Six Degrees of Separation: from A Christmas Carol to No Further Questions

I love doing Six Degrees of Separation, a monthly link-up hosted by Kate at Books Are My Favourite and Best. Each month a book is chosen as a starting point and linked to six other books to form a chain. A book doesn’t need to be connected to all the other books on the list, only to the one next to it in the chain.

This month the chain begins with A Christmas Carol by Charles Dickens.

A Christmas Carol cover

I love A Christmas Carol and when I sat down to think about this Six Degrees post I thought I’d be linking up to more books with a Christmas theme, but it didn’t work out like that. Instead what came to mind after the first link to another Dickens’ book is a series of mystery/crime fiction books! These are all books I’ve read, so the links are to my review posts.

The MoonstoneDiamonds Are Forever

  • The Holly Tree Inn by Charles Dickens. This was originally published in 1855, being the Christmas number of Dickens’s periodical Household Words. It was so popular that it was then adapted for the stage. It’s a collection of short stories by Dickens, Wilkie Collins, William Howitt, Adelaide Anne Procter and Harriet Parr, around the theme of travellers and inns.
  • The Moonstone by Wilkie Collins – The ‘Moonstone’, a large diamond, originally stolen from a statue of an Indian God and said to be cursed is left to Rachel Verinder. She receives it on her 18th birthday and that night it is stolen from her bedroom.
  • Diamonds are Forever by Ian Fleming in which James Bond is assigned to infiltrate and close down a diamond smuggling operation, run by the Spangled Mob, operating from Africa to the UK and the USA. It’s run by a couple of American gangsters, the Spang brothers, and the mysterious character known as ‘ABC‘.

The ABC Murders (Hercule Poirot, #13)The House at Sea's End (Ruth Galloway, #3)No Further Questions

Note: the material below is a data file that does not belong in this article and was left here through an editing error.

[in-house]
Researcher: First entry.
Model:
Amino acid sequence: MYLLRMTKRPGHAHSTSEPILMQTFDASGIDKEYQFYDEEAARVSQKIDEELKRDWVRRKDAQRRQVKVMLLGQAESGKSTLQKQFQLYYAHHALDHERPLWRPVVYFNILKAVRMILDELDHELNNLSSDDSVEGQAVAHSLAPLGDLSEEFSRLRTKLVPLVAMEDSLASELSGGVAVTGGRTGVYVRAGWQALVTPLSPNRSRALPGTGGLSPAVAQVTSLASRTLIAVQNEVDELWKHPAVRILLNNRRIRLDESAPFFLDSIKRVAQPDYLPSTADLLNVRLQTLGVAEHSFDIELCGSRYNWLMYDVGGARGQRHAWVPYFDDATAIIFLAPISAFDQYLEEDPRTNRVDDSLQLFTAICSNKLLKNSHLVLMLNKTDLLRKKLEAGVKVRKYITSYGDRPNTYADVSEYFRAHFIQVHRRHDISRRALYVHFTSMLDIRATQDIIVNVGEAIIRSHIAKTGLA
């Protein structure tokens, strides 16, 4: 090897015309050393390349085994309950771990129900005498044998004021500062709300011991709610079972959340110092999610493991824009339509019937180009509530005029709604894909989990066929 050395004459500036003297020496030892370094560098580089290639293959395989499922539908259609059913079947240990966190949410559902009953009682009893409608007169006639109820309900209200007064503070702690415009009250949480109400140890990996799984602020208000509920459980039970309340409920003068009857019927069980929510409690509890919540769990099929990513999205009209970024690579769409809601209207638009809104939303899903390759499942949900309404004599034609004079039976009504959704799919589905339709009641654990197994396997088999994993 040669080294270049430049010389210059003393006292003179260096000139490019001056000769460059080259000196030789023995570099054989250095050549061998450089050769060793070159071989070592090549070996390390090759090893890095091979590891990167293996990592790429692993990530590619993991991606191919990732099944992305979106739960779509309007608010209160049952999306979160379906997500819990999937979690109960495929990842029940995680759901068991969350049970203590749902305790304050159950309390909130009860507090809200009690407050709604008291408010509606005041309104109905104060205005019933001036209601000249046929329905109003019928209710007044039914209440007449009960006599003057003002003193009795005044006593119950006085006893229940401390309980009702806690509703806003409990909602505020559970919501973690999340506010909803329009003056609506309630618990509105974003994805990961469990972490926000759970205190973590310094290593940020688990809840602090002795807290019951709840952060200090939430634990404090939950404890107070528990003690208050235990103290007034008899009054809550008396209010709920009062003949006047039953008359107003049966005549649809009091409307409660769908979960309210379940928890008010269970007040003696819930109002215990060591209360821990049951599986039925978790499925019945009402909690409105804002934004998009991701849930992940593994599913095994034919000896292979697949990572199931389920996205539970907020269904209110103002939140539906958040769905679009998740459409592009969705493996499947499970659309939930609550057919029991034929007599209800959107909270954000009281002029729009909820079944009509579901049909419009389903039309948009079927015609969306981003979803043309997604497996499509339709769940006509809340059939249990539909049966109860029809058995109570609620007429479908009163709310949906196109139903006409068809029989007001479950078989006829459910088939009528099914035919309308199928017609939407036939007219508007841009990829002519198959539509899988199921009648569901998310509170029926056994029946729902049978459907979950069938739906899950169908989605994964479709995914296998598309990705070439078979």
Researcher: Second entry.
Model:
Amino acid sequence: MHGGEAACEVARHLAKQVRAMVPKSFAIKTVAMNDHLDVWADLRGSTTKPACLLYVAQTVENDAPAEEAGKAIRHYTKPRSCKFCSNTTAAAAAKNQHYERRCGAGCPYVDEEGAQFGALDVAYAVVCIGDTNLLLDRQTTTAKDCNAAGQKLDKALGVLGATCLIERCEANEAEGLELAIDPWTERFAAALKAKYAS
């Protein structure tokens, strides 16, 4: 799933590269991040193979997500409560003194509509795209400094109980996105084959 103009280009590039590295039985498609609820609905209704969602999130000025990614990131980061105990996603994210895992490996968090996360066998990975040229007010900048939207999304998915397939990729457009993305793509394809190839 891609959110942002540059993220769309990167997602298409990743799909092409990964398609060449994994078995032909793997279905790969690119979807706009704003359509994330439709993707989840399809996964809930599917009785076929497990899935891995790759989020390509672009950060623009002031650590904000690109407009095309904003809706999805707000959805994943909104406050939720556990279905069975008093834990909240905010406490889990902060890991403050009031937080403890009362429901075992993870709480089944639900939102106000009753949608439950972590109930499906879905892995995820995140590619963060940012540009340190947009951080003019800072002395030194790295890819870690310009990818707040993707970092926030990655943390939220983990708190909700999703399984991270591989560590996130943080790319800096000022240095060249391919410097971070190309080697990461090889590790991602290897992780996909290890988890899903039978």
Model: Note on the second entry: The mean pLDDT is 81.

• ABC leads me to The ABC Murders by Agatha Christie – one of her best books, I think, in which there’s another mysterious character known as ‘ABC’. Poirot and Captain Hastings investigate a series of murders. An ABC Railway Guide is left next to each of the bodies.
  • The House at Seas End by Elly Griffiths – The bones of six people are found in a gap in the cliff, a sort of ravine, where there had been a rock fall at Broughton Seas End. Seas End House, which stands perilously close to the cliff edge above the beach is owned by Jack Hastings. I really, really do wish these books weren’t written in the present tense!
  • No Further Questions by Gillian McAllister – also written in the present tense, but in this book it didn’t irritate me. I was totally gripped by it. It plunges straight into a trial as Martha sits in the courtroom listening to expert witnesses being questioned  and cross-examined about the death of her baby, Layla, just eight weeks old. I didn’t want to stop reading it and when I wasn’t reading it I was thinking about it, about the characters and their relationships, about how they had got themselves into such a terrible situation. An excellent book, and it is without doubt one of the best books I’ve read this year.

From tales told in an inn, to diamond smugglers, murders connected to a mysterious character, characters called Hastings and books written in the present tense, this chain has once again surprised me at where it has ended up!

Next month (January 5, 2019) the chain begins with another of my favourite books – The French Lieutenant’s Woman by John Fowles.


29 thoughts on “Six Degrees of Separation: from A Christmas Carol to No Further Questions

  1. Oh, this is very clever, Margaret! And you’ve linked in some favourite authors of mine (Christie, Griffiths). This is a fun feature, isn’t it? I still haven’t done it myself, but I keep telling myself I ought to…

    Liked by 1 person

  2. OMG, I love your chain! The ABC Murders was very good.